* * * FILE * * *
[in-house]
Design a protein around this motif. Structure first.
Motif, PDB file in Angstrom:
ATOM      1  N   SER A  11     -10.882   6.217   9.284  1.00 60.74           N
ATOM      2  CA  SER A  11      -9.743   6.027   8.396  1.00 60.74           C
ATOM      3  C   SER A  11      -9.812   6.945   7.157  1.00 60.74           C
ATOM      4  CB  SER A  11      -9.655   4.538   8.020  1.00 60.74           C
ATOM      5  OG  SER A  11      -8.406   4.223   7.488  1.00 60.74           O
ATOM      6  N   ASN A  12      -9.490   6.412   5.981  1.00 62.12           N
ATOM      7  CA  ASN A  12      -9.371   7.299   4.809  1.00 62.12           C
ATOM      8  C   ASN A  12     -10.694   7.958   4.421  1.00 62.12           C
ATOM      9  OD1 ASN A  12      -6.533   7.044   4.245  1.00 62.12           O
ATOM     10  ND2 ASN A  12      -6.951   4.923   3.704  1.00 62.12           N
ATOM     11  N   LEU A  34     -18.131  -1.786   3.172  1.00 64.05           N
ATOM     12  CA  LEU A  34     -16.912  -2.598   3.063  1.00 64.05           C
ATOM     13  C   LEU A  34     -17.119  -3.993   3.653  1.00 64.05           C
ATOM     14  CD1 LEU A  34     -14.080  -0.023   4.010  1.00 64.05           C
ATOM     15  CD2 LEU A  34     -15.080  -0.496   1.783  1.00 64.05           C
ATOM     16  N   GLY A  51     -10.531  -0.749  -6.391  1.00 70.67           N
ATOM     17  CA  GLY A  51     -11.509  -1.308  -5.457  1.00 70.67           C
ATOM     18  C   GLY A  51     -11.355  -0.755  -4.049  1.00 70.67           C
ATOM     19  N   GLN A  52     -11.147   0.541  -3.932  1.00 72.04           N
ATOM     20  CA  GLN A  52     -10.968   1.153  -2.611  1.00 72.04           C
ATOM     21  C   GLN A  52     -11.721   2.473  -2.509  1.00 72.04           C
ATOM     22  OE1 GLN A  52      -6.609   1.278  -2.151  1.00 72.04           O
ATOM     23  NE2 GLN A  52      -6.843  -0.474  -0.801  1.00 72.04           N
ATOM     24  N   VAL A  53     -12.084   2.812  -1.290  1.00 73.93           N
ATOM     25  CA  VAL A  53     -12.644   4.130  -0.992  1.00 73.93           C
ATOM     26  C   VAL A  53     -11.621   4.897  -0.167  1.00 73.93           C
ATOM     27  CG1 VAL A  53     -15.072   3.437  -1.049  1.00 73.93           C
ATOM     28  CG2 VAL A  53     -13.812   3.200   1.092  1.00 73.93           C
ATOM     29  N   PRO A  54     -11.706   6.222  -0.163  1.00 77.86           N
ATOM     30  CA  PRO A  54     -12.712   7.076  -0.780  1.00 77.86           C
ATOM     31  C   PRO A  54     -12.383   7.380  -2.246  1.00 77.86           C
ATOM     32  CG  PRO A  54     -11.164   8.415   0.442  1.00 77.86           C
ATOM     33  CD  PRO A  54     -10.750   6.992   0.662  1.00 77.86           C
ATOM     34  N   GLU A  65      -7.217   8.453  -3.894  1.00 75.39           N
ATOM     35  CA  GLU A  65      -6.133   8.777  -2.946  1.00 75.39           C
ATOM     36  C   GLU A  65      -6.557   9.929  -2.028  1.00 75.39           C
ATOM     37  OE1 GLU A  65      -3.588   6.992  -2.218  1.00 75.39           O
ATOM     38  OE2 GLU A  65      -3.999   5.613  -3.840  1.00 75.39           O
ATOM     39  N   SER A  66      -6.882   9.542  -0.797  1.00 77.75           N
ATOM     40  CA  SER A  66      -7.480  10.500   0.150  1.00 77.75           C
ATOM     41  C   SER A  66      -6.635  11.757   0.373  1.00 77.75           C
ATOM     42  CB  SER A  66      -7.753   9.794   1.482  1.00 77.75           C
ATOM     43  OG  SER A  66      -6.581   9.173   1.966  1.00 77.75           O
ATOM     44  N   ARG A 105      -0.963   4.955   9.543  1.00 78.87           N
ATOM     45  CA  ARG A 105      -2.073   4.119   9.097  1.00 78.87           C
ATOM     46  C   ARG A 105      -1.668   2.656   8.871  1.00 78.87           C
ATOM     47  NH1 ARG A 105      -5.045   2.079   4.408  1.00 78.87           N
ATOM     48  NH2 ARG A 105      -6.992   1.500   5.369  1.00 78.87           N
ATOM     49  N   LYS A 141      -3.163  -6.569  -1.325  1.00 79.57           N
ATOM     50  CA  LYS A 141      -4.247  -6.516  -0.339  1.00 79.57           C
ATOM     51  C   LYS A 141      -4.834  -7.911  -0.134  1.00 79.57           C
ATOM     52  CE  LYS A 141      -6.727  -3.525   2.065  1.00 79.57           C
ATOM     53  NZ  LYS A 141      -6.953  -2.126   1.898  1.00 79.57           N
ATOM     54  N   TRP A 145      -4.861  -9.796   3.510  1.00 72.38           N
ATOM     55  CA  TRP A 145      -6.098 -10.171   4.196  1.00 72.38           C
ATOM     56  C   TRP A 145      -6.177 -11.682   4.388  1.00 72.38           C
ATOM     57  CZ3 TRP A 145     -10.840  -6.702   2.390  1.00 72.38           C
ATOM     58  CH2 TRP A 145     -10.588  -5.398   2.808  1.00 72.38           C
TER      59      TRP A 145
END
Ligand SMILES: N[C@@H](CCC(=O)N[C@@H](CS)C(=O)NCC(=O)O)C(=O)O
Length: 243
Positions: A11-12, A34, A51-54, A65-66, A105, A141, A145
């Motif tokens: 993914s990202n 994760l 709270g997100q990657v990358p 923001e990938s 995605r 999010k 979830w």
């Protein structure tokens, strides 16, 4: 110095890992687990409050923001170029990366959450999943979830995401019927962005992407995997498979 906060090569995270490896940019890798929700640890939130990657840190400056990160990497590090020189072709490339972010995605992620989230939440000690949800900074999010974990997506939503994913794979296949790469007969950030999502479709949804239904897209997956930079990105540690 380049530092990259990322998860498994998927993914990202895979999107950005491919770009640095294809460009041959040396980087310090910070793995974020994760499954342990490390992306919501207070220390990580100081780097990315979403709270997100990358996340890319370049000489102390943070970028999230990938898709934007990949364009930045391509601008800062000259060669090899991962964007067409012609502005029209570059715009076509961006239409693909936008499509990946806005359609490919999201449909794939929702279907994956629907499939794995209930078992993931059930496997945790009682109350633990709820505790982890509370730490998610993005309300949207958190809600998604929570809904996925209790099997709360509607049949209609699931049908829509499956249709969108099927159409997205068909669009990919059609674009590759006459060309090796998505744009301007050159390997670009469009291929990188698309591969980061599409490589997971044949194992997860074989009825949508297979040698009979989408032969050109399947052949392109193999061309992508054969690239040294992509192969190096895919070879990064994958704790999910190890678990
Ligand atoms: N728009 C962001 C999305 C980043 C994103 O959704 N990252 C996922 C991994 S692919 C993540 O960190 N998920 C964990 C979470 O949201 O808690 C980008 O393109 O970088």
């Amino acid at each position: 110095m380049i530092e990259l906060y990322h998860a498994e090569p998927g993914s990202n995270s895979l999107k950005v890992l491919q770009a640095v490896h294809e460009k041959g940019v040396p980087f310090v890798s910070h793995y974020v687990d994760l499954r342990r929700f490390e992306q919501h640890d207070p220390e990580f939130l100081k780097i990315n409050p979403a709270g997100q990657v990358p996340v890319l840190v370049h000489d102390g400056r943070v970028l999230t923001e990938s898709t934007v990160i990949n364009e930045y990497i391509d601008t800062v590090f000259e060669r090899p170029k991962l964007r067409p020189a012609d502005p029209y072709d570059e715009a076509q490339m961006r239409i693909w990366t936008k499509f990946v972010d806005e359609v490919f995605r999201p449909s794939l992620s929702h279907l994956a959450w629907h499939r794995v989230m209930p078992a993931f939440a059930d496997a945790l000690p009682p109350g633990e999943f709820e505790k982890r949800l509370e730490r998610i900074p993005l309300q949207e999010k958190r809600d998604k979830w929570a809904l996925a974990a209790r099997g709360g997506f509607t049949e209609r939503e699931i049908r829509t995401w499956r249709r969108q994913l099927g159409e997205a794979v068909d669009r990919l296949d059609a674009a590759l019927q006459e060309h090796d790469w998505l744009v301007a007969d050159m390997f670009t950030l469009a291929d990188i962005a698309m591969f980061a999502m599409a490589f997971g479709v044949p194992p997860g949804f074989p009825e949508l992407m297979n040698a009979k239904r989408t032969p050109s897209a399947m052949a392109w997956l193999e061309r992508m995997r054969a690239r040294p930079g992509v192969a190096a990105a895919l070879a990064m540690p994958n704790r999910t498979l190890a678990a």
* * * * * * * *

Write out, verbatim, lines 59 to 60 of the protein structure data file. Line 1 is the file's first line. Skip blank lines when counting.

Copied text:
ATOM     56  C   TRP A 145      -6.177 -11.682   4.388  1.00 72.38           C
ATOM     57  CZ3 TRP A 145     -10.840  -6.702   2.390  1.00 72.38           C